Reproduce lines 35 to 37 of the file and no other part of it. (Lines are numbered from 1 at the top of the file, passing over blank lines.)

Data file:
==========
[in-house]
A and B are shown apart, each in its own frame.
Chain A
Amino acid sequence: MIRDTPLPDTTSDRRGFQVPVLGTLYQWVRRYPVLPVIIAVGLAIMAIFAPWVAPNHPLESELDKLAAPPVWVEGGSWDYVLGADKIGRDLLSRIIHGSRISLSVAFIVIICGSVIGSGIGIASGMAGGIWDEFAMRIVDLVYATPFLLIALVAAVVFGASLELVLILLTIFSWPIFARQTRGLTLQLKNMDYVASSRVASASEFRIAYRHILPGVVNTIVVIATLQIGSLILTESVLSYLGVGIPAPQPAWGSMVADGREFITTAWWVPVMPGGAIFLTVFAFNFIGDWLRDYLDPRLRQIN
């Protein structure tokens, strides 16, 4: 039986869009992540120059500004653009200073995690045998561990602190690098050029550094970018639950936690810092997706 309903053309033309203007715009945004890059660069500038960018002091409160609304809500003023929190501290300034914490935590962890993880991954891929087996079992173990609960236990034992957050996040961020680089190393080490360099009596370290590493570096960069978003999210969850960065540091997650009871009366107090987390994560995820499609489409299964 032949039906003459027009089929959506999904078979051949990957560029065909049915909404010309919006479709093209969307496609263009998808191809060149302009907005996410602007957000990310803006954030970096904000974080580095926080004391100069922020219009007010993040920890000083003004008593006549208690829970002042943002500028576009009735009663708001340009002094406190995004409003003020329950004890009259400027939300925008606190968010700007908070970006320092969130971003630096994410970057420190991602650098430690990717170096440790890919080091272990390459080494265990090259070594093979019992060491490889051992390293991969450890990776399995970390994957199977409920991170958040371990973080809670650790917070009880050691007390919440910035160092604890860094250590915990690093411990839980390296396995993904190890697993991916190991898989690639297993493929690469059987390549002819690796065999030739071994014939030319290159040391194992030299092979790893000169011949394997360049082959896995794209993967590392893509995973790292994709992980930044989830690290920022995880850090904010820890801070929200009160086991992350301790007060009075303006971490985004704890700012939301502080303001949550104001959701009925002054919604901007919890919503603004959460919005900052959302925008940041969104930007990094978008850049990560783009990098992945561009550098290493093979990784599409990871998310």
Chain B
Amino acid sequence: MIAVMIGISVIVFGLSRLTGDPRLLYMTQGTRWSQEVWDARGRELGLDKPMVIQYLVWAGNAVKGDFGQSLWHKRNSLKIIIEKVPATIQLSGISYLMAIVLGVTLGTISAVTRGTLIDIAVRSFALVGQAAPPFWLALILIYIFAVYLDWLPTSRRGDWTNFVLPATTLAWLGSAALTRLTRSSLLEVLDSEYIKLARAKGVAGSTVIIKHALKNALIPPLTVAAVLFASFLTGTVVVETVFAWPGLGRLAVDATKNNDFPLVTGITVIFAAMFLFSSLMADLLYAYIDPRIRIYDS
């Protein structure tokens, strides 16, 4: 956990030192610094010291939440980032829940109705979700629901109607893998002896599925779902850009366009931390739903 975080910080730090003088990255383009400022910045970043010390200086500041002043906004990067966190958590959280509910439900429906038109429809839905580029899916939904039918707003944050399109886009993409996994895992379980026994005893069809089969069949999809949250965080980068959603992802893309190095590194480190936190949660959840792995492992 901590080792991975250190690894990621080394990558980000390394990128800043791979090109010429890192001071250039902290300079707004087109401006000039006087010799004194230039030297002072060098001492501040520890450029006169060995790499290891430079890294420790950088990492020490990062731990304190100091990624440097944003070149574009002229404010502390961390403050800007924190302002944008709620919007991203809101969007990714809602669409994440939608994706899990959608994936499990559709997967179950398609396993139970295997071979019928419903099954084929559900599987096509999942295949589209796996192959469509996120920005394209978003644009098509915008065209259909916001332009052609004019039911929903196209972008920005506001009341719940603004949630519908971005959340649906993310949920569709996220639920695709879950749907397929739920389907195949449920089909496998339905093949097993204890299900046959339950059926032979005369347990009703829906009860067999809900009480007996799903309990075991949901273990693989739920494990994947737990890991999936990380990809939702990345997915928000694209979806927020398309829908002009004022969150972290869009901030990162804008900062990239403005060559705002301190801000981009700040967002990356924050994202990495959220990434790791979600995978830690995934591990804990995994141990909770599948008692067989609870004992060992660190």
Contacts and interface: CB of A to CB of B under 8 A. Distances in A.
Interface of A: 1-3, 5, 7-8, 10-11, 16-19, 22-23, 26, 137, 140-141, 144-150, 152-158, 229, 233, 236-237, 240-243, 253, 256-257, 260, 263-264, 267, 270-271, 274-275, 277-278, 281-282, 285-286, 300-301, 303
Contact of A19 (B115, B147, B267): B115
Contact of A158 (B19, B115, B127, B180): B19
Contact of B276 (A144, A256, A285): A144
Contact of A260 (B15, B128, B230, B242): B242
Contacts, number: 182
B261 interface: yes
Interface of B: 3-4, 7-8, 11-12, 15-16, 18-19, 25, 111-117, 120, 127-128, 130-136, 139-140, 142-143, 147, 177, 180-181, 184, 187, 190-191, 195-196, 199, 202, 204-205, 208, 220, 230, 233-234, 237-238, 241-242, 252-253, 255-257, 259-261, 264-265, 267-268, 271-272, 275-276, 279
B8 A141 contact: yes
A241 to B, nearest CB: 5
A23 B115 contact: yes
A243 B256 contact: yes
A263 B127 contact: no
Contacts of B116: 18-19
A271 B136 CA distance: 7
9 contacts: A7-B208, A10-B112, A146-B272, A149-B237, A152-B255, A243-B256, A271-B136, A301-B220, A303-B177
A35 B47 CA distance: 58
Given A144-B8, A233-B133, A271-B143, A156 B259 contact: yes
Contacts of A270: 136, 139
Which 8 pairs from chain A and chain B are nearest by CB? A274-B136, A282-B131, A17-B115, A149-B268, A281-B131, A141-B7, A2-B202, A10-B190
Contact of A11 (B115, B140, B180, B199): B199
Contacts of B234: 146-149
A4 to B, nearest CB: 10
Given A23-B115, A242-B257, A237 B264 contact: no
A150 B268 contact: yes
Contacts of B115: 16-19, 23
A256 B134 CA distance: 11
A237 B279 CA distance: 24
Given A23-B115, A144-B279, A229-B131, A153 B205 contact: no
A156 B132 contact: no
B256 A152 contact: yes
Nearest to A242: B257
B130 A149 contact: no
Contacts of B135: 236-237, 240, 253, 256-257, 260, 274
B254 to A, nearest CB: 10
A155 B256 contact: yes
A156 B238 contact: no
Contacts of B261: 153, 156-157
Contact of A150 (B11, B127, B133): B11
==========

Contacts of B115: 16-19, 23
A256 B134 CA distance: 11
A237 B279 CA distance: 24